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Supporters of organic foods still supporting its value a month after Stanford study

By on October 3rd, 2012

Nearly a month after a Stanford study found little difference in nutritional value when comparing organic and non-organic foods, supporters of organic food are still responding to the study and defending the organic movement.

TV celebrity Dr. Oz will be discussing the study on his daytime television program Oct. 4. A preliminary story was posted on his site that discussed the various headlines as a result of the study and argued that going organic is a key to having a healthy family.

Amaleah Mirti has lived and worked on her parent’s farm, Rosie’s Organic Farm, for 16 years. On Saturday mornings she sells the farm’s organic, pesticide-free produce at local farmer’s markets around Gainesville.

“Even if there is scientific evidence to say that they do have the same nutritional value, I think that there’s still that farmer-to-consumer relationship that you get being at a farmers market,” Mirti said.

She said knowing that your food has not been processed with chemicals is comforting to some people.

Carla Coultas has been shopping at the Haile Plantation Farmers Market for more than five years and is not convinced by the studies findings. She said she has arthritis and has noticed that her joints ache more when she eats fruit with pesticides.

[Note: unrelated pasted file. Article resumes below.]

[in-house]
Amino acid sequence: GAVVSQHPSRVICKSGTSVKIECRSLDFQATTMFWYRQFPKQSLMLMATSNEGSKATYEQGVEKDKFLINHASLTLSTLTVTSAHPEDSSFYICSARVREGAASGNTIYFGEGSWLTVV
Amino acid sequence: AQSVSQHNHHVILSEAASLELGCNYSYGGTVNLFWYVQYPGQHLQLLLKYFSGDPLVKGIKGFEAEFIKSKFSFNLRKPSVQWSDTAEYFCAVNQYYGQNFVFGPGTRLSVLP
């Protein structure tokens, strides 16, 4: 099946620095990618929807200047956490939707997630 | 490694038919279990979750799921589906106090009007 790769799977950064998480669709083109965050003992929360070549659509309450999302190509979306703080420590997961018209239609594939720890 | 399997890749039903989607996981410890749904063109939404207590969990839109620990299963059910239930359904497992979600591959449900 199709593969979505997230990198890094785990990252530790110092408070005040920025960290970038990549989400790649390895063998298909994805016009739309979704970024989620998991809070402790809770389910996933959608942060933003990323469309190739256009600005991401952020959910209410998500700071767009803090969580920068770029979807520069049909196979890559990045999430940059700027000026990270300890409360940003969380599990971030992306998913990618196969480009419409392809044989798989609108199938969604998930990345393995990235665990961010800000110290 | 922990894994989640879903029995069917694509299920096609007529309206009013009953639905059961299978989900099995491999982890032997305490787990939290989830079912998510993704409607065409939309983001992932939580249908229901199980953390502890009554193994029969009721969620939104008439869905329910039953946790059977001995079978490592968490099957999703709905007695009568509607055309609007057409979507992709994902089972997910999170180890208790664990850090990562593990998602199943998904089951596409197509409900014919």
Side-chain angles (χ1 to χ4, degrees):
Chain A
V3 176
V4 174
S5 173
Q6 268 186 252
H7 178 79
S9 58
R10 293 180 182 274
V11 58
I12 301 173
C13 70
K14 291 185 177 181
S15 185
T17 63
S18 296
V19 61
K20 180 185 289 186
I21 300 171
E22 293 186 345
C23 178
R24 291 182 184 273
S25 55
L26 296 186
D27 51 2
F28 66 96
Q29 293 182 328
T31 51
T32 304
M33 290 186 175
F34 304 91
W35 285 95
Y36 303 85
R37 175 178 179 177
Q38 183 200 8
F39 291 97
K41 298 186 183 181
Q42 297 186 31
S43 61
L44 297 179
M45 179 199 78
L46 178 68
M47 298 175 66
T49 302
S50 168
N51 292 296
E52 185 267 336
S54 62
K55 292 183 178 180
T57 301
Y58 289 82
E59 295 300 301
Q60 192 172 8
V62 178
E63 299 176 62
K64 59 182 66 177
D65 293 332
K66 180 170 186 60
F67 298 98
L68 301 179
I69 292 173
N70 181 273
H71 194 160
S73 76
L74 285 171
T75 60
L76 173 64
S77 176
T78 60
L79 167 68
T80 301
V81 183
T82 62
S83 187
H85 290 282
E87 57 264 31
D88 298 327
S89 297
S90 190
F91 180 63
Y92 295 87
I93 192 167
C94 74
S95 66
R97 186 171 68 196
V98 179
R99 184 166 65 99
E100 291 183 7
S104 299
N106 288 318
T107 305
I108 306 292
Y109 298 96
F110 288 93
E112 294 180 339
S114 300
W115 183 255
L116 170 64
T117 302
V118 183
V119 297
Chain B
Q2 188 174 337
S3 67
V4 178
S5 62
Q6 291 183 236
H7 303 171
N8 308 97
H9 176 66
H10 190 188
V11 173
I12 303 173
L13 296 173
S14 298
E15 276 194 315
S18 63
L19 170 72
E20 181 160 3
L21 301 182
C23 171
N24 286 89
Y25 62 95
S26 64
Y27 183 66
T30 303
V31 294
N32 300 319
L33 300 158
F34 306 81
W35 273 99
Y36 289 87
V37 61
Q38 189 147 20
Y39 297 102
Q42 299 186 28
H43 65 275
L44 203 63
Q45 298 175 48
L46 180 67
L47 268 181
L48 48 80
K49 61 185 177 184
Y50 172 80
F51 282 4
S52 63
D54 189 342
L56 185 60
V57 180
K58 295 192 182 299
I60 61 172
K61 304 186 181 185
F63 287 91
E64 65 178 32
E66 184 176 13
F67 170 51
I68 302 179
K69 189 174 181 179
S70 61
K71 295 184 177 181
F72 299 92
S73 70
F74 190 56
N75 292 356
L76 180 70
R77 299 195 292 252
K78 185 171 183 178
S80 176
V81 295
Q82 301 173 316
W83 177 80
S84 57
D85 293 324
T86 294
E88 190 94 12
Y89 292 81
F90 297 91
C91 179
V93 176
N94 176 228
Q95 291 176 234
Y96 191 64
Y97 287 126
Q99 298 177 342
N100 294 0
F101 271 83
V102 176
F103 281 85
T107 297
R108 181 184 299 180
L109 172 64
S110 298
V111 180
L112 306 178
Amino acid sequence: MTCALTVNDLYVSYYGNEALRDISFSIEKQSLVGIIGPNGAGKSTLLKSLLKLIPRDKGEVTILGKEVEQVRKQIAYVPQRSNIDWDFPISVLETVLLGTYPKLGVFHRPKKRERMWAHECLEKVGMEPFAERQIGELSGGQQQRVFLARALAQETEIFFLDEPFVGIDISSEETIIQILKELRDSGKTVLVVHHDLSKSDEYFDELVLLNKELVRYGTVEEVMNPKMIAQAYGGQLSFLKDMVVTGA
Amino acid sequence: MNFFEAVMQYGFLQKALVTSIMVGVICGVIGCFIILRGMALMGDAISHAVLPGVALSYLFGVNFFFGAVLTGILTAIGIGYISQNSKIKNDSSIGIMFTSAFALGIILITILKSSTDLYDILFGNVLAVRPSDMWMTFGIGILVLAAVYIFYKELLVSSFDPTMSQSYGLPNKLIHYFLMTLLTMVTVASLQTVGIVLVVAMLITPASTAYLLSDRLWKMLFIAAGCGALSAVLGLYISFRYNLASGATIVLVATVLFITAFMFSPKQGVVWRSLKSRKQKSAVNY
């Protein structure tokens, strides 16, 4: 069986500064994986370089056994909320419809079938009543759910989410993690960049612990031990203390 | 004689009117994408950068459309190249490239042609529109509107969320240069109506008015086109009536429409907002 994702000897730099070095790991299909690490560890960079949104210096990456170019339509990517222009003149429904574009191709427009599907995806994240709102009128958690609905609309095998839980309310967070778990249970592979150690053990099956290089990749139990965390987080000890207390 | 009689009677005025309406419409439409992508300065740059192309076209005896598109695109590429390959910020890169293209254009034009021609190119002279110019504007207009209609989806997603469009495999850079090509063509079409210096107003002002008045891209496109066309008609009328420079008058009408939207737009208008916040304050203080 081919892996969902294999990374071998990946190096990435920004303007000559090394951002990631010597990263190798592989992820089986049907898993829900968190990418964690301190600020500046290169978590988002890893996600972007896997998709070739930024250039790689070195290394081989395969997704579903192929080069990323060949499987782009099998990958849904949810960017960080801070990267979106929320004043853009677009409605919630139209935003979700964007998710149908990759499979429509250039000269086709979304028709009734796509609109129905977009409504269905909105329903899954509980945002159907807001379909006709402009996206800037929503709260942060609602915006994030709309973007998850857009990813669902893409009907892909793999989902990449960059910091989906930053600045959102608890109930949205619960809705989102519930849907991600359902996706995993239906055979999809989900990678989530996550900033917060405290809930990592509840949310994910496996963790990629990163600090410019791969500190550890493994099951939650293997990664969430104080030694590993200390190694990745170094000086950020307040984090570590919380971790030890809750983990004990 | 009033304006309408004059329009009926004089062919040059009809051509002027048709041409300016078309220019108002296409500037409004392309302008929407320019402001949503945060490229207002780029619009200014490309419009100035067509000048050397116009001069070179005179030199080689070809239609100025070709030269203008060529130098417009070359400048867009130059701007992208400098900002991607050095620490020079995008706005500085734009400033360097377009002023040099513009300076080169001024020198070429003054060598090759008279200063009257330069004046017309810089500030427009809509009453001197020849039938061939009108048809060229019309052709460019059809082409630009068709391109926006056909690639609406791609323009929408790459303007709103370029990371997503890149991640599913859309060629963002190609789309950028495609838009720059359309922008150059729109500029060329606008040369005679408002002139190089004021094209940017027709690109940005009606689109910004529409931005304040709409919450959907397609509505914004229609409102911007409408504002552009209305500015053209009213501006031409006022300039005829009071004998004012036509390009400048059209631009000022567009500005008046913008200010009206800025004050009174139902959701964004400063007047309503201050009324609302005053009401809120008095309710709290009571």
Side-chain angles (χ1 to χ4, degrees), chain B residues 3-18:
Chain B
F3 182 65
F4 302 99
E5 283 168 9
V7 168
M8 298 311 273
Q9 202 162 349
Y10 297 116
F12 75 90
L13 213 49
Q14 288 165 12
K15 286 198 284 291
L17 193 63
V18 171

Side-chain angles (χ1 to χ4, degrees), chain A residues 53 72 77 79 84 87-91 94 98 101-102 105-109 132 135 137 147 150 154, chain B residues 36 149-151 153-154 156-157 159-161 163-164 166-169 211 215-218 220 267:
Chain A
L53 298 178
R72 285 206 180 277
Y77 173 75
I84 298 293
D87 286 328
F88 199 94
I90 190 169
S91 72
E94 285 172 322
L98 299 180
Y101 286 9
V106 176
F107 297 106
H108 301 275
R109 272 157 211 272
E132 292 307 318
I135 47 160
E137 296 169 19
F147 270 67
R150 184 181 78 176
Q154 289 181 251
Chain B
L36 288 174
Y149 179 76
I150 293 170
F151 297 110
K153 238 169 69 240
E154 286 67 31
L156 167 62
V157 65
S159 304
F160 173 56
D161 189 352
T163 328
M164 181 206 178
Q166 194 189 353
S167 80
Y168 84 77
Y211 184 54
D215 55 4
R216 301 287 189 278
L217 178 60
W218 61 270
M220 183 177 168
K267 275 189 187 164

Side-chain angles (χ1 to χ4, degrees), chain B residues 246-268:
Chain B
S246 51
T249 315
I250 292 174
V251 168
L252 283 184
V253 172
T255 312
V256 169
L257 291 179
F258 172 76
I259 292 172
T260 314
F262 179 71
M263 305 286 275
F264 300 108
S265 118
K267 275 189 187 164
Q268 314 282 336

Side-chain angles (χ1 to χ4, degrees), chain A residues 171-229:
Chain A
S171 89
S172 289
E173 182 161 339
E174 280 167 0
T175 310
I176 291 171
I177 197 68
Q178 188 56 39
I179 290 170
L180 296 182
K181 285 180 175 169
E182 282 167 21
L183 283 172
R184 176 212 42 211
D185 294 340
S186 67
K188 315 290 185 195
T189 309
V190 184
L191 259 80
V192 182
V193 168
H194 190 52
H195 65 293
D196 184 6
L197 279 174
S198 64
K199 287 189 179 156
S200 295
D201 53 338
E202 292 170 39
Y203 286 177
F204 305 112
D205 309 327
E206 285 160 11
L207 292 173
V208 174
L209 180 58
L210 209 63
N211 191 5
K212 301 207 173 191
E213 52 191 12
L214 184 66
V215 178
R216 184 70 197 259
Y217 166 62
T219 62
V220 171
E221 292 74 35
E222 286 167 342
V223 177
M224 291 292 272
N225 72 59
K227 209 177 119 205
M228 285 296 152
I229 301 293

“Maybe if you just looked at the nutritional value of both types of food they may be the same, but if you look at the poisons that you’re putting into your body, they’re drastically different,” she said.

The study found that the majority of conventional foods fell within pesticide level safety limits. Additionally, the risk of pesticide contamination was 30 percent lower in organics compared to conventional foods.

“You’re not saying that just because you’re growing organically that your not using pesticides and herbicides,” Director of the University of Florida’s Office of Sustainability, Anna Prizzia, said. “You’re just not using chemically derived ones.”

She said understanding the inputs of food production is important for health, social justice and the environment.

“Everything from the amount of water that you use in order to grow food to the types of chemicals that you’re using when you put them on your crops to protect them from pests or from weeds can impact a broader range of things than just that crop,” Prizzia said.

Researchers from the study said their aim was to educate people, not discourage them from purchasing organic foods.

Erin Rauch edited this story online.


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